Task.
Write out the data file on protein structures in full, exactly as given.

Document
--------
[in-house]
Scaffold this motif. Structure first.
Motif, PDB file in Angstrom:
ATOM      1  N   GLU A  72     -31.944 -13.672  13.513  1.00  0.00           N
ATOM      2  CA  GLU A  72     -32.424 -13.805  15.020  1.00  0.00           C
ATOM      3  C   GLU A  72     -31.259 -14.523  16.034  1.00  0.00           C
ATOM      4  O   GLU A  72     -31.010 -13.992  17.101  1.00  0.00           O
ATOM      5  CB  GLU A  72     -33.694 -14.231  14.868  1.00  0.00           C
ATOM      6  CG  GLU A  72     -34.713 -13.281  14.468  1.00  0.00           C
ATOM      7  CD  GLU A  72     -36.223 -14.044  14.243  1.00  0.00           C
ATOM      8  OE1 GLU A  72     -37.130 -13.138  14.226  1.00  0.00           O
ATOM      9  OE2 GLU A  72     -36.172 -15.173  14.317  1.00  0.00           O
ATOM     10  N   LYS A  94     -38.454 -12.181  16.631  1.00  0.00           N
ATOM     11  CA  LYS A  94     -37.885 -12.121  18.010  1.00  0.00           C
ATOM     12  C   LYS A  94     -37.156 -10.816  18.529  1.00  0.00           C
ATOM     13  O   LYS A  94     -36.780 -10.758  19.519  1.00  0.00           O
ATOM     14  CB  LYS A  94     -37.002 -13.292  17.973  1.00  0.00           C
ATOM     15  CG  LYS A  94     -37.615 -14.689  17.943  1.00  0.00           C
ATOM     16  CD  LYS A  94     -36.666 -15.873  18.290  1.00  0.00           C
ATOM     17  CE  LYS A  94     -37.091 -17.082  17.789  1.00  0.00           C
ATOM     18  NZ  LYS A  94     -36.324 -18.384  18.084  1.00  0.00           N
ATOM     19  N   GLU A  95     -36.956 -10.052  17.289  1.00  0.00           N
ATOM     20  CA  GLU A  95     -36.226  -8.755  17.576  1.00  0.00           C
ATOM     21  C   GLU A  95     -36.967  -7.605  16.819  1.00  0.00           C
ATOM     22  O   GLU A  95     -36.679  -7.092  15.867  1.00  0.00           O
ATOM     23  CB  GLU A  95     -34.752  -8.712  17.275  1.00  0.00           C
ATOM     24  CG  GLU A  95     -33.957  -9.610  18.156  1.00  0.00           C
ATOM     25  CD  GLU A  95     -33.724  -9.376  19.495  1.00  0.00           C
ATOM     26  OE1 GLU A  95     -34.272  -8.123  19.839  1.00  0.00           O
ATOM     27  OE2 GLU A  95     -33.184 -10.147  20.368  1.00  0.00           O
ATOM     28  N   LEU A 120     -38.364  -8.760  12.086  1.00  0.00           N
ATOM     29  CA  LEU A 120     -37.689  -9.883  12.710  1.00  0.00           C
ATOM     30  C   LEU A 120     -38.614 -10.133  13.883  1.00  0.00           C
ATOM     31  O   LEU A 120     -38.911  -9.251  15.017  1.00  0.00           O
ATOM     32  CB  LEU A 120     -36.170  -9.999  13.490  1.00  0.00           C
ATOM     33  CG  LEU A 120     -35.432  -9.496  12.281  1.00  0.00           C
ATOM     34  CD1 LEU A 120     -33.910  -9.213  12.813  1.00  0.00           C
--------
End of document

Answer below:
[in-house]
Scaffold this motif. Structure first.
Motif, PDB file in Angstrom:
ATOM      1  N   GLU A  72     -31.944 -13.672  13.513  1.00  0.00           N
ATOM      2  CA  GLU A  72     -32.424 -13.805  15.020  1.00  0.00           C
ATOM      3  C   GLU A  72     -31.259 -14.523  16.034  1.00  0.00           C
ATOM      4  O   GLU A  72     -31.010 -13.992  17.101  1.00  0.00           O
ATOM      5  CB  GLU A  72     -33.694 -14.231  14.868  1.00  0.00           C
ATOM      6  CG  GLU A  72     -34.713 -13.281  14.468  1.00  0.00           C
ATOM      7  CD  GLU A  72     -36.223 -14.044  14.243  1.00  0.00           C
ATOM      8  OE1 GLU A  72     -37.130 -13.138  14.226  1.00  0.00           O
ATOM      9  OE2 GLU A  72     -36.172 -15.173  14.317  1.00  0.00           O
ATOM     10  N   LYS A  94     -38.454 -12.181  16.631  1.00  0.00           N
ATOM     11  CA  LYS A  94     -37.885 -12.121  18.010  1.00  0.00           C
ATOM     12  C   LYS A  94     -37.156 -10.816  18.529  1.00  0.00           C
ATOM     13  O   LYS A  94     -36.780 -10.758  19.519  1.00  0.00           O
ATOM     14  CB  LYS A  94     -37.002 -13.292  17.973  1.00  0.00           C
ATOM     15  CG  LYS A  94     -37.615 -14.689  17.943  1.00  0.00           C
ATOM     16  CD  LYS A  94     -36.666 -15.873  18.290  1.00  0.00           C
ATOM     17  CE  LYS A  94     -37.091 -17.082  17.789  1.00  0.00           C
ATOM     18  NZ  LYS A  94     -36.324 -18.384  18.084  1.00  0.00           N
ATOM     19  N   GLU A  95     -36.956 -10.052  17.289  1.00  0.00           N
ATOM     20  CA  GLU A  95     -36.226  -8.755  17.576  1.00  0.00           C
ATOM     21  C   GLU A  95     -36.967  -7.605  16.819  1.00  0.00           C
ATOM     22  O   GLU A  95     -36.679  -7.092  15.867  1.00  0.00           O
ATOM     23  CB  GLU A  95     -34.752  -8.712  17.275  1.00  0.00           C
ATOM     24  CG  GLU A  95     -33.957  -9.610  18.156  1.00  0.00           C
ATOM     25  CD  GLU A  95     -33.724  -9.376  19.495  1.00  0.00           C
ATOM     26  OE1 GLU A  95     -34.272  -8.123  19.839  1.00  0.00           O
ATOM     27  OE2 GLU A  95     -33.184 -10.147  20.368  1.00  0.00           O
ATOM     28  N   LEU A 120     -38.364  -8.760  12.086  1.00  0.00           N
ATOM     29  CA  LEU A 120     -37.689  -9.883  12.710  1.00  0.00           C
ATOM     30  C   LEU A 120     -38.614 -10.133  13.883  1.00  0.00           C
ATOM     31  O   LEU A 120     -38.911  -9.251  15.017  1.00  0.00           O
ATOM     32  CB  LEU A 120     -36.170  -9.999  13.490  1.00  0.00           C
ATOM     33  CG  LEU A 120     -35.432  -9.496  12.281  1.00  0.00           C
ATOM     34  CD1 LEU A 120     -33.910  -9.213  12.813  1.00  0.00           C